Figures of Memory examines how the United States Holocaust Memorial Museum (USHMM) in Washington, DC, uses its space and the design of its exhibits to "move" its visitors to memory. From the objects and their placement to the architectural design of the building and the floor plan, the USHMM was meant to teach visitors about the Holocaust. But what Michael Bernard-Donals found is that while they learn, and remember, the Holocaust, visitors also call to mind other, sometimes unrelated memories. Partly this is because memory itself works in multidirectional ways, but partly it's because of decisions made in the planning that led to the creation of the museum.Drawing on material from the USHMM's institutional archive, including meeting minutes, architectural renderings, visitor surveys, and comments left by visitors, Figures of Memory is both a theoretical exploration of memoryits relation to identity, space, and ethicsand a practical analysis of one of the most discussed memorials in the United States. The book also extends recent discussions of the rhetoric of memorial sites and museums by arguing that sites like the USHMM don't so much "make a case for" events through the act of memorialization, but actually displace memory, disturbing itand the museum visitorso much so that they call it into question. Memory, like rhetorical figures, moves, and the USHMM moves its visitors, figuratively and literally, both to and beyond the events the museum is meant to commemorate.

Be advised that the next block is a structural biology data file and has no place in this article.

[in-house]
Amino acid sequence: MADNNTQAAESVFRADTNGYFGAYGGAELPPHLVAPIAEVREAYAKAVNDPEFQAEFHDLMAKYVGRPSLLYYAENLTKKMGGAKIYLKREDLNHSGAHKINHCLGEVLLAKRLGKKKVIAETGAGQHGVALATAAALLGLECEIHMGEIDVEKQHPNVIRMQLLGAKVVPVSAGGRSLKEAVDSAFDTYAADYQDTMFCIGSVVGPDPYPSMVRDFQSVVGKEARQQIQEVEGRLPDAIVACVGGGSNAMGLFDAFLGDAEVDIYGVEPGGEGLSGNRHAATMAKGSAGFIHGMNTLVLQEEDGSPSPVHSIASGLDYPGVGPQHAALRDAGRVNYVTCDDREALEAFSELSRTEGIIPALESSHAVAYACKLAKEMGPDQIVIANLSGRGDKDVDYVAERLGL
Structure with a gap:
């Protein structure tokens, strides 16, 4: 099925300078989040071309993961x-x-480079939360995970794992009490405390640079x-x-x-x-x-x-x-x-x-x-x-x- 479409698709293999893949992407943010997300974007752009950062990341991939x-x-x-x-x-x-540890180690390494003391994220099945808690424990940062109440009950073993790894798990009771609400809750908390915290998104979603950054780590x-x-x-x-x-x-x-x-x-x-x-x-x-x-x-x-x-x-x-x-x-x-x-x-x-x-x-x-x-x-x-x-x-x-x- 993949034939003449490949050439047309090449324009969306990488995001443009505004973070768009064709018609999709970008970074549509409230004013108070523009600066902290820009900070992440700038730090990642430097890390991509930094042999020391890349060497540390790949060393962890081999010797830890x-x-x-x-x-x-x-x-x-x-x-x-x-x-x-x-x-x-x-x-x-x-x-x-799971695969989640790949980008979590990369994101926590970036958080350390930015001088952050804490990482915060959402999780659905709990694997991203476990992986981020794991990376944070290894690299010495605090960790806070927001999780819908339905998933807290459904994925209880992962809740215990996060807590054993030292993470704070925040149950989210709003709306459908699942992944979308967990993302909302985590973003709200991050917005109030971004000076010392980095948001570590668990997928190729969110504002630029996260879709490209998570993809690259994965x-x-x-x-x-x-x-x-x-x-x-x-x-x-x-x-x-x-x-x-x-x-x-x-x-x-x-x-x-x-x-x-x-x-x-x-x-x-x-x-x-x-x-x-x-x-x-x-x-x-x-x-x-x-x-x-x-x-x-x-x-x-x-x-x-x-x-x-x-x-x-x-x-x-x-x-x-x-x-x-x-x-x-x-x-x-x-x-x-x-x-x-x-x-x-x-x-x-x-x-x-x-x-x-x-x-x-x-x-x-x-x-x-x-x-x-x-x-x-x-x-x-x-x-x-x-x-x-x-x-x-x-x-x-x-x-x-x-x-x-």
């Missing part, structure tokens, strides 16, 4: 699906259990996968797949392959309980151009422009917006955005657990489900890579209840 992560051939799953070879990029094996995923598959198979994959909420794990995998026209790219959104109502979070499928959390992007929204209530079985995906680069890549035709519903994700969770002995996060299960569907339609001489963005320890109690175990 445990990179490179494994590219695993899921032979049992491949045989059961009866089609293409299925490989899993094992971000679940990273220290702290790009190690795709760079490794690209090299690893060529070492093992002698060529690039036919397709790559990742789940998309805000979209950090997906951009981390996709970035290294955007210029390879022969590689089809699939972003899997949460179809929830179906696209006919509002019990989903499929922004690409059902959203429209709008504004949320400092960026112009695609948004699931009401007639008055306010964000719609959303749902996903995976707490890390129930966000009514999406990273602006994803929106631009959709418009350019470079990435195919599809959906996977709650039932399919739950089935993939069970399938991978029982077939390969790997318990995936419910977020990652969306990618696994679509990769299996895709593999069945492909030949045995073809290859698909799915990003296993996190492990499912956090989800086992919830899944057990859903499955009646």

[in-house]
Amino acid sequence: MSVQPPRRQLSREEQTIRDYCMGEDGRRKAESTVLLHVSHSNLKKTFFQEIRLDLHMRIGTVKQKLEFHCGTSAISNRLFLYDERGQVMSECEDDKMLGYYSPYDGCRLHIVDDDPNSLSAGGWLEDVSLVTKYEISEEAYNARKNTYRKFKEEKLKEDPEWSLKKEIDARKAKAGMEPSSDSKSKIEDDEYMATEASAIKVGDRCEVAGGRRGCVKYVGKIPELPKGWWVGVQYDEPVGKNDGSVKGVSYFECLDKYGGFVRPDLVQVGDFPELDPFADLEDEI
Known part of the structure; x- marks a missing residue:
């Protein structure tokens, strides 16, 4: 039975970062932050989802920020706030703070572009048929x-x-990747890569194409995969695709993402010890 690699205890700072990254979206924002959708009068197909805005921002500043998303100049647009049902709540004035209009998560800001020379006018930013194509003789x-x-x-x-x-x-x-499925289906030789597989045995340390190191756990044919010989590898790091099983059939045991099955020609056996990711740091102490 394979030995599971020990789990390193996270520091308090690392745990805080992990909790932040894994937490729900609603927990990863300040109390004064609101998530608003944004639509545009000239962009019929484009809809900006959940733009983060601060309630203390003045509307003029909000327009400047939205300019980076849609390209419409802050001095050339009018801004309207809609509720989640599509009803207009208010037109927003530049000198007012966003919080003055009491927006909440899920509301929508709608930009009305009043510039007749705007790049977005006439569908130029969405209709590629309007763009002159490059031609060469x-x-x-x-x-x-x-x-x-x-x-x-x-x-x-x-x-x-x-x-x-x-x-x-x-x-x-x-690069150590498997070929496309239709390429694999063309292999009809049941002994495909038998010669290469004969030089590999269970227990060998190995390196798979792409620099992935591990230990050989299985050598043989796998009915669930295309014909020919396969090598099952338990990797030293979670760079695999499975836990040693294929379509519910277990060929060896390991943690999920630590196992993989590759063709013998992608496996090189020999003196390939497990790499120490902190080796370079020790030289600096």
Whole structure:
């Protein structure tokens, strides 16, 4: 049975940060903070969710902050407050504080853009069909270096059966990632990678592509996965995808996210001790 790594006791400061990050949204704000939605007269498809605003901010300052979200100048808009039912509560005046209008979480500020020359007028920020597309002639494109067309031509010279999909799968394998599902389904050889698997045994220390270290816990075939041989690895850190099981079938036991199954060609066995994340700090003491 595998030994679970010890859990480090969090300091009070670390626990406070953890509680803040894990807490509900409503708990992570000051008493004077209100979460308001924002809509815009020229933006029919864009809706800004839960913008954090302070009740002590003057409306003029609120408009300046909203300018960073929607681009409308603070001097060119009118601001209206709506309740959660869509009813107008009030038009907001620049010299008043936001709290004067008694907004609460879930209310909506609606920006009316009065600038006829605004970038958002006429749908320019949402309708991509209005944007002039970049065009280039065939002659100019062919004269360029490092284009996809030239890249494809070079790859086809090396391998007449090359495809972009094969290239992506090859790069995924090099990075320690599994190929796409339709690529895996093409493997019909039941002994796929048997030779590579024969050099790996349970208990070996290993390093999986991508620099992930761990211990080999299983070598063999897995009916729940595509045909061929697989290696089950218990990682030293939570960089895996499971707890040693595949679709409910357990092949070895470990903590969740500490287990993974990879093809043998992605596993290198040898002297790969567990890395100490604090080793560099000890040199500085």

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|Publisher:||State University of New York Press|
|Product dimensions:||6.00(w) x 8.90(h) x 0.70(d)|
About the Author
Michael Bernard-Donals is Nancy Hoefs Professor of English at the University of Wisconsin–Madison. His books include Forgetful Memory: Representation and Remembrance in the Wake of the Holocaust, also published by SUNY Press, and Jewish Rhetorics: History, Theory, Practice (coedited with Janice W. Fernheimer).